FA, Q2, Muscoloskeletal, I
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what is a non-painful fluid accumulation in the carpus/hock often due to short stalls/improper bedding? treatment?
- do NOT stick needle in it- can introduce infection/refills anyway; leave it alone unless severe/causing problems
what is cow's stance with coxofemoral luxation?
- may or may not be down;
- if standing, luxated leg held back and hip rotated out
When evaluating coxofemoral luxation, what are the 3 landmarks you look at for refence? how lame do you expect this cow to be?
- tuber coxae, tuber sacrale and greater trochanter of femur
- 3 or 4 out of 5 lameness
for hip luxation, is prognosis better in adult or young? what are tx options?
- better for young; Ehmer sling and stall confinement
- adults recur often
In small ruminant with cervical injury, what are limb reflexes usually like? Is sensation still intact usually?
- hind limb reflexes and sensation intact
- limb tone normal or reduced
what are the 3 forms of septic arthritis?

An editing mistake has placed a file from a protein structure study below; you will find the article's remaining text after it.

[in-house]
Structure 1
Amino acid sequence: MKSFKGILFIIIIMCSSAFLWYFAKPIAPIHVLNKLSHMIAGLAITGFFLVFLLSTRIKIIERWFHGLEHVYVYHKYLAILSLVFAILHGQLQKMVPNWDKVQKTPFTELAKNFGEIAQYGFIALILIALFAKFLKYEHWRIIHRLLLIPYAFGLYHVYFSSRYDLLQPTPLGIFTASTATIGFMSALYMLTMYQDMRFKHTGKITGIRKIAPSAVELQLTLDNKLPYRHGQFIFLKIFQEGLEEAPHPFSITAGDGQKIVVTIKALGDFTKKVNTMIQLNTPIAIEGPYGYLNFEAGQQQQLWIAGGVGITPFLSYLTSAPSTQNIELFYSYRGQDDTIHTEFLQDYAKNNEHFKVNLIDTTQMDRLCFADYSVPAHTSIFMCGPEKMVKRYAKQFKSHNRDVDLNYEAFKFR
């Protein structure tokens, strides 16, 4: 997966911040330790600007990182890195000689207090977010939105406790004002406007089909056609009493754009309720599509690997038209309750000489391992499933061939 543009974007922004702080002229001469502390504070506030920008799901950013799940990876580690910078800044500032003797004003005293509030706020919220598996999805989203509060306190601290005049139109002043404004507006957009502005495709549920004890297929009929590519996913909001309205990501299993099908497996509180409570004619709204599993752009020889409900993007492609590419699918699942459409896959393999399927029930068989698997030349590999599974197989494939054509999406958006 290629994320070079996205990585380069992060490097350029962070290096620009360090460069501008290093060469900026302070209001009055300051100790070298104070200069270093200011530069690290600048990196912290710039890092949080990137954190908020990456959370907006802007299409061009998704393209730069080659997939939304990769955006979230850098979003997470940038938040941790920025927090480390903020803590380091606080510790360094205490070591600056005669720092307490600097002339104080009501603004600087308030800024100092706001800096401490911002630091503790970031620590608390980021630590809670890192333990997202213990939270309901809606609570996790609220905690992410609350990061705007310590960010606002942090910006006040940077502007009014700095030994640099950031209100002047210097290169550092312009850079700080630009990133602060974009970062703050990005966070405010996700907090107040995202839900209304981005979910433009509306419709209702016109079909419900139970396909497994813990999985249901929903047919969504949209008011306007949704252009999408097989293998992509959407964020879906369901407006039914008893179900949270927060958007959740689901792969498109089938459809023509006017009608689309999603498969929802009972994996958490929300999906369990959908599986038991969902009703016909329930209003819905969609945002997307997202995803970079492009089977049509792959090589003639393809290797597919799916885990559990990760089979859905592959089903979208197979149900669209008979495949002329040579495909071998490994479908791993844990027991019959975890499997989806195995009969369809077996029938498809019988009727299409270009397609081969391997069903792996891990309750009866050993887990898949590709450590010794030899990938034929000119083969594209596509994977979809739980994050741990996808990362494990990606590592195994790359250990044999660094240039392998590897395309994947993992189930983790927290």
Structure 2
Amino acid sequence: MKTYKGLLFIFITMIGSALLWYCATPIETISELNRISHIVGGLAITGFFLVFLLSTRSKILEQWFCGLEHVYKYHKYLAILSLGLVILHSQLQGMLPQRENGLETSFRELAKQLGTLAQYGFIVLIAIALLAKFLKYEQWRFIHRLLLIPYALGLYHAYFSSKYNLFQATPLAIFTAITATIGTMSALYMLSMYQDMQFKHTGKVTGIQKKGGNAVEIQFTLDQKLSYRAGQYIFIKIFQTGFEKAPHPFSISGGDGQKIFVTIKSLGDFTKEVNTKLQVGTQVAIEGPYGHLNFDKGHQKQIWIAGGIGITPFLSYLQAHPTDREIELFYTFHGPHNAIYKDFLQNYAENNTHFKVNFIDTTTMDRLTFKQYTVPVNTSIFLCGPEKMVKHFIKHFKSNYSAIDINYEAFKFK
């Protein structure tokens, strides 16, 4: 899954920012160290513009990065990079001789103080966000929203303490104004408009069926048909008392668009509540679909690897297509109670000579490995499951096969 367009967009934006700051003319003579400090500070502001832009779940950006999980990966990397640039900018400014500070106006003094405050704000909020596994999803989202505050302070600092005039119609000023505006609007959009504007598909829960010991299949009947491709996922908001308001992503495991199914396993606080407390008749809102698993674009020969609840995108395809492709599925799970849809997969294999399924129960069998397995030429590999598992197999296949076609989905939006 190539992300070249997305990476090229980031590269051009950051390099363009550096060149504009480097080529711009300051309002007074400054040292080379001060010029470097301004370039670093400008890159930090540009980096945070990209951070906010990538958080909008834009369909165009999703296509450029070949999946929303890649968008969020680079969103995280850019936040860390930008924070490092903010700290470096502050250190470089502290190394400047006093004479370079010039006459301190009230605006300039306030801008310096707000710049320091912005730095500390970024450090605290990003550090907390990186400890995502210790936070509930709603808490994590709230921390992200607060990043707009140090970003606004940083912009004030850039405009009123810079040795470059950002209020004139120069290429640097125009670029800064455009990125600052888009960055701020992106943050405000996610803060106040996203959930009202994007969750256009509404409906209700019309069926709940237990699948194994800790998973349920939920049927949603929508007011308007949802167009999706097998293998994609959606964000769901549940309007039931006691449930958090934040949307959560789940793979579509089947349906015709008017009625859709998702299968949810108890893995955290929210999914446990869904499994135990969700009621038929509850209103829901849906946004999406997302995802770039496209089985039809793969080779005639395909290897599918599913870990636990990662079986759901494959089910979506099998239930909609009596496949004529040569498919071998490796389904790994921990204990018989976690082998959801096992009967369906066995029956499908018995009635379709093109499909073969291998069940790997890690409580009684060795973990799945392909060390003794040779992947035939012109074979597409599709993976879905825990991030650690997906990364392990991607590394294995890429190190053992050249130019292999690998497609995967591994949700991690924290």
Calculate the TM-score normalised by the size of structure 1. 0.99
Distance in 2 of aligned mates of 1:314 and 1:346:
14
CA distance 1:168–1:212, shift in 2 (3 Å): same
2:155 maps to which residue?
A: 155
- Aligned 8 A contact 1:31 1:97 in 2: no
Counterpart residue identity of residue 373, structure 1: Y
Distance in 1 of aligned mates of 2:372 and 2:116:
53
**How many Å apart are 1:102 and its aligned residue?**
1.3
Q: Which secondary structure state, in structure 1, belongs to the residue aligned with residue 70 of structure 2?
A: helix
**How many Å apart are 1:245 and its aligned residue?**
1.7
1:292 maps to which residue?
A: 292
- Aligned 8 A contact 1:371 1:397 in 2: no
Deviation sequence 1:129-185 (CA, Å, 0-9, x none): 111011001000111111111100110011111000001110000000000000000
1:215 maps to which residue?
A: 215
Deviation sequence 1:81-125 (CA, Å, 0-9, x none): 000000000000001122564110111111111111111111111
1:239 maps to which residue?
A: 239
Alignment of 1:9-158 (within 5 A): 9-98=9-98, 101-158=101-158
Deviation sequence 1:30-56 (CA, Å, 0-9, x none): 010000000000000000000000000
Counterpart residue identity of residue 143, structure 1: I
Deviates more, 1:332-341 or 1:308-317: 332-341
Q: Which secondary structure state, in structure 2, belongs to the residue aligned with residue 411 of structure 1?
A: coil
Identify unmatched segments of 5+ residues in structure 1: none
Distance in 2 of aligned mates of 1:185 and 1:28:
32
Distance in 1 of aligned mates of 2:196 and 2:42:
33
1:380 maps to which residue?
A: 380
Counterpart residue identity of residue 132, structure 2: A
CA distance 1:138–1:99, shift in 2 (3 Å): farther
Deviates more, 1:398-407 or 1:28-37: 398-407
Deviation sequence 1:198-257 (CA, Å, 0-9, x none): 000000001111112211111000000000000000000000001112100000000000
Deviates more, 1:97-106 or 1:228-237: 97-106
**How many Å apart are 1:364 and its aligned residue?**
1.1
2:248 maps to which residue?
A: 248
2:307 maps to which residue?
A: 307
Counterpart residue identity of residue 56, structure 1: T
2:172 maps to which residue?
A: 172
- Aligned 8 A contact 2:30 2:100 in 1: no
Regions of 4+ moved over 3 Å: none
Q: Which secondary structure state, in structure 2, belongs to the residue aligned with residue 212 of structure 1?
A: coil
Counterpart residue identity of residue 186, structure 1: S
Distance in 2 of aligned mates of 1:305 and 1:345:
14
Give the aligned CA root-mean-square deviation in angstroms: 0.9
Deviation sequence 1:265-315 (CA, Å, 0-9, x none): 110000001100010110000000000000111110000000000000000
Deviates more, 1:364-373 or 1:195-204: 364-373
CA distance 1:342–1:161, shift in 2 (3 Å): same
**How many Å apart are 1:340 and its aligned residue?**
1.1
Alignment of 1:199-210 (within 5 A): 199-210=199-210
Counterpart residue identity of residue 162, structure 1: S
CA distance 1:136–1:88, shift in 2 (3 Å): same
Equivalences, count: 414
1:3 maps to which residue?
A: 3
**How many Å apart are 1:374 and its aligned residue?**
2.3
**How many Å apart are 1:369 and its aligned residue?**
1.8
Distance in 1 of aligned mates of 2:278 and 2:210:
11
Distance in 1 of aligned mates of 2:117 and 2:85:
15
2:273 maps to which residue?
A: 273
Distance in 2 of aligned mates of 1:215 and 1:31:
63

- primary: direct puncture
- secondary: infection extends into joint (foot rot)
- tertiary: septicemia (umbilical infection, etc)
What is common bacterial isolate in feedlots with septic arthritis? What about Dairy? What will be isolated in nearly all cases with established abscesses?
- feedlot: histophilus somni (shipping fever/pneumonia)
- dairy:mycoplasma (from mastitis)
- established abscess: archanobacterium pyogenes
What is the isolate from septic arthritis in sheep? what are 2 other conditions associated with this?
- Chlamydophila pecorum
- KCS and abortion
failure of passive transfer is often involved with septic arthritis. How do you test for this? What values indicate failure?
- check total protein in adequately hydrated pt
- 4.5-5 is not good; less 4.5 is complete failure